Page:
I know I can!

(Click on photos for larger views)


Wayne Busch
Wayne Busch – Cartographer
– Wayne Busch lives in Waynesville, NC, where he produces the most detailed and comprehensive and up-to-date motorcycle pocket maps of the Blue Ridge and Smoky Mountains to help you get the most of your vacation experience. See them here – 

My Search for the Best Mountain Motorcycle Rides Never Ends

Photo - Maple Springs Observation Point

The Maple Springs Observation Point - accessed from Santeetlah Rd

Friday’s search for great Smoky Mountain motorcycle rides, which culminated with a spirited cruise on the Cherohala Skyway, was one of those days that might be looked on as not so productive. It’s not that I didn’t catalogue some good mountain motorcycle riding roads, I added several which will appear on my new map of the area. In my quest to leave no stone unturned, much of the 400 miles I covered was spent on roads which only the most adventurous would bother to travel. Still, there are sights and places some may wish to see, and I’m determined to find as many of them as I can.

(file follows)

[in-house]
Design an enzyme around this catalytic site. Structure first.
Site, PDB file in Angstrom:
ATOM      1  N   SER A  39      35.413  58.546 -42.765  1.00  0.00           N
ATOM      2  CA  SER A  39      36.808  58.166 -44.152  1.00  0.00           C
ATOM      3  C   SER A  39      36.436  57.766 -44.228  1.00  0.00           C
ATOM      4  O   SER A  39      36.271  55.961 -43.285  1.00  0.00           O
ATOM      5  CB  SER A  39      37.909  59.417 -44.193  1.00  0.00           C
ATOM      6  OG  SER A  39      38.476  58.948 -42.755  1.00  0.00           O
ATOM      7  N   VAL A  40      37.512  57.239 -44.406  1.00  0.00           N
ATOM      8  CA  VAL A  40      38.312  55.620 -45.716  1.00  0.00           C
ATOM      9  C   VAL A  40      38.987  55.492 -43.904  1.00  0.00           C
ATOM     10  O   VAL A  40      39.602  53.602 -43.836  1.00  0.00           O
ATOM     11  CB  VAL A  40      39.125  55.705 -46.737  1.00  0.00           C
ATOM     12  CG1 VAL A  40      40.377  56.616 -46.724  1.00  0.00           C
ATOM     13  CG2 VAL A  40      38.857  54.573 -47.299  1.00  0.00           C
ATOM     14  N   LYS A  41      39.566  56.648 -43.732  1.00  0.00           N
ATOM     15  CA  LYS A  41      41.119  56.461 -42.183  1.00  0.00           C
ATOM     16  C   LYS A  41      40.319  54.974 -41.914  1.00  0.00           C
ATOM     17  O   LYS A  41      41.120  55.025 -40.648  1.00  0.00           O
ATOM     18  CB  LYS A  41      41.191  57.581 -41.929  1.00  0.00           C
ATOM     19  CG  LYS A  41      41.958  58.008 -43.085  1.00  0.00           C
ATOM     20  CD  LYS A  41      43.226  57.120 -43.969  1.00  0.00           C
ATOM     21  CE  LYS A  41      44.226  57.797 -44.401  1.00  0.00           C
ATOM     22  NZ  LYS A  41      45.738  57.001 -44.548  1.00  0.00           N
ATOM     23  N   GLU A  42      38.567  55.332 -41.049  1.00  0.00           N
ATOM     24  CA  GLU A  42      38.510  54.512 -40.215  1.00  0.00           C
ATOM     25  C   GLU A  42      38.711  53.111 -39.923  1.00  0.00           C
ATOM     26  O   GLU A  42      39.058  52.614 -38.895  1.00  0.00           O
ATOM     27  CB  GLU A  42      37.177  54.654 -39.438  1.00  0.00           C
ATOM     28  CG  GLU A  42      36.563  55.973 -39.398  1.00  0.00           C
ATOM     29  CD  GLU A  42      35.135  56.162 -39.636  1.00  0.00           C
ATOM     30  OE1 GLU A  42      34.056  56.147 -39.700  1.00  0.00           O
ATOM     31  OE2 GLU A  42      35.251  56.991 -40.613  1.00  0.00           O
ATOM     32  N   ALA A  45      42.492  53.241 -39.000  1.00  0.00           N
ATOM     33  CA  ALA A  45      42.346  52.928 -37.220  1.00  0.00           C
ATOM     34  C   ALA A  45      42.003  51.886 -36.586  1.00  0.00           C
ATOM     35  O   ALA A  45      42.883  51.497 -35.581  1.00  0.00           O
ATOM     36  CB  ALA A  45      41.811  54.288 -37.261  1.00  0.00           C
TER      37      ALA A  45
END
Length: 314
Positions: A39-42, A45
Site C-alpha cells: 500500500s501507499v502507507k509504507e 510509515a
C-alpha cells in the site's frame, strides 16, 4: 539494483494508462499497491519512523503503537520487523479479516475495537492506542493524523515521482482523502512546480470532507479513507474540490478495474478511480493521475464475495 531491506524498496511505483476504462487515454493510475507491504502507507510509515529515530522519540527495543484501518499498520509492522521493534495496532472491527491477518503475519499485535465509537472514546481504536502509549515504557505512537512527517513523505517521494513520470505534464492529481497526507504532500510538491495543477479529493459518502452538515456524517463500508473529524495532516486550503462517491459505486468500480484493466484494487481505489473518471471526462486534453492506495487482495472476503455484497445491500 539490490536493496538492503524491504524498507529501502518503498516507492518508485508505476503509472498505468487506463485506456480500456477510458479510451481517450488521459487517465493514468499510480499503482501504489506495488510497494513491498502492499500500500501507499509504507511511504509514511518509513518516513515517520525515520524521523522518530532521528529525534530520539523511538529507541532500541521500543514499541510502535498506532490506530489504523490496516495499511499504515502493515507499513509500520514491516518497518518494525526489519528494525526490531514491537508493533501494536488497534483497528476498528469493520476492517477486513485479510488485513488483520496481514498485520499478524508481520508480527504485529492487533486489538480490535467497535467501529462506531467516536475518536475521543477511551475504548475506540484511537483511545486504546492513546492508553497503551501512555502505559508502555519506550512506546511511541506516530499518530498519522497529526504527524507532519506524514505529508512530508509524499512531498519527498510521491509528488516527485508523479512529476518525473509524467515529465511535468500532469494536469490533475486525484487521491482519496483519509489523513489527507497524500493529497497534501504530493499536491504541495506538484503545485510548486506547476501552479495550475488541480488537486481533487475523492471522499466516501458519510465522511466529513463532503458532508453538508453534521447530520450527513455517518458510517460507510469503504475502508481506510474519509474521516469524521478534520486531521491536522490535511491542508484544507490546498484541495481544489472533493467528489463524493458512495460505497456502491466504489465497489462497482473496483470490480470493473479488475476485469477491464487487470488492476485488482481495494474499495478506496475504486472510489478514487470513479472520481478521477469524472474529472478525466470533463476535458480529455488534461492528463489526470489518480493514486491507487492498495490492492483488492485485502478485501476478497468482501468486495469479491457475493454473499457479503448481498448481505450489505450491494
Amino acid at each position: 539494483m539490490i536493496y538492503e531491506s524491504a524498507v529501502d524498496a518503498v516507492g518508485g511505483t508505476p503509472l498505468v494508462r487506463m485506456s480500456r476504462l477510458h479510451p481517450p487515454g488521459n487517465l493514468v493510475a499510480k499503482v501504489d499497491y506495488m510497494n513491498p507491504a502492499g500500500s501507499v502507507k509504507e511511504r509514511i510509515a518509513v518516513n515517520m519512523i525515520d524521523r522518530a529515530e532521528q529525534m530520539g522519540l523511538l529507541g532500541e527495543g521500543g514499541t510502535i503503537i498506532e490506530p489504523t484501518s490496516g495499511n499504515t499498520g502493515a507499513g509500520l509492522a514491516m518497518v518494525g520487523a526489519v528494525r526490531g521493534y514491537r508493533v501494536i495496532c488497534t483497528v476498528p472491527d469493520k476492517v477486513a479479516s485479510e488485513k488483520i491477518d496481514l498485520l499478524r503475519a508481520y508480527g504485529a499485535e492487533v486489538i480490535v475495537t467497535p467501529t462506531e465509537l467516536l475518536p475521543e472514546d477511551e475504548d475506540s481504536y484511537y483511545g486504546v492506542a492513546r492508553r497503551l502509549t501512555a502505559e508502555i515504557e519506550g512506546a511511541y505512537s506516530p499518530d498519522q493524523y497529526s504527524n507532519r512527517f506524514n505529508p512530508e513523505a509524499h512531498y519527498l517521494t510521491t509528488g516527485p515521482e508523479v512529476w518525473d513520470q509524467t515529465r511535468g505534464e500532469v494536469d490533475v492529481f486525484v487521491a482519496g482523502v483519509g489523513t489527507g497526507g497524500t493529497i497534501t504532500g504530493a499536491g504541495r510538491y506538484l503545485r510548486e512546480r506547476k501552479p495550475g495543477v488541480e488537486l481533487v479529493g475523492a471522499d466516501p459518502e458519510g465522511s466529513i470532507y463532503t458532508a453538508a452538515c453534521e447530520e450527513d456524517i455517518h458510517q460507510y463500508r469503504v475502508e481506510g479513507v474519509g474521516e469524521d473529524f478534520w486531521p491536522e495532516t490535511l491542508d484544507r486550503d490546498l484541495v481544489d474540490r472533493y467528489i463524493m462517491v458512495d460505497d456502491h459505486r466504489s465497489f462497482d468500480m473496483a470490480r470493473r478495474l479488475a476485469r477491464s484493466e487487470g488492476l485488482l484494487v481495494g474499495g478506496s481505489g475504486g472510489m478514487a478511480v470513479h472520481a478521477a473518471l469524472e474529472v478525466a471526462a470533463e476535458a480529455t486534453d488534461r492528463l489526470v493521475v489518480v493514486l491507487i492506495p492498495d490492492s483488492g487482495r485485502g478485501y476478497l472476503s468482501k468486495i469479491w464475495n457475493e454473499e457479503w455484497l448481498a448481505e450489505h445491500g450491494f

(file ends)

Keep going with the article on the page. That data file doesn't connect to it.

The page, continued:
Photo - Cherokee National Forest View

View from the Maple Springs Observation Point. I was told you can see 5 states from this spot.

Considering the number of motorcycle riders who are drawn to the area by such notable roads as The Dragon at Deals Gap, the Cherohala Skyway, The Tennessee Foothills Parkway, NC 28 (now renamed “the Moonshiner 28“), finding others that compare in quality is pretty much futile. These are some of the best motorcycle rides in the world. I’m not holding my breath thinking I’m going to discover the next great classic motorcycle ride. So why go to all this effort?

Photo - Santeetlah Dam

Quiet morning at the Santeetlah Dam

There are probably millions of motorcycles that pass through here each year. In most cases, they come, they ride the famous roads, get the t-shirt, then they’re gone to other places following the crowds. It’s the notable roads that get all the attention. Once experienced, it’s back on the four lane or the congested tourist arteries to reach the next great spot. You can rack up a lot of miles playing connect-the-dots, though those droning plods on the connections are the price you pay to reach those popular motorcycle rides.

Photo - Bald River Falls

Bald River Falls

It doesn’t have to be that way. I’m filling in the gaps between the famous motorcycle rides with the best quality rides I can find so connecting the dots is as much of an adventure as the roads you’re trying to reach. Where others might show you one good way to get from point A to point B, I look for all the best ways.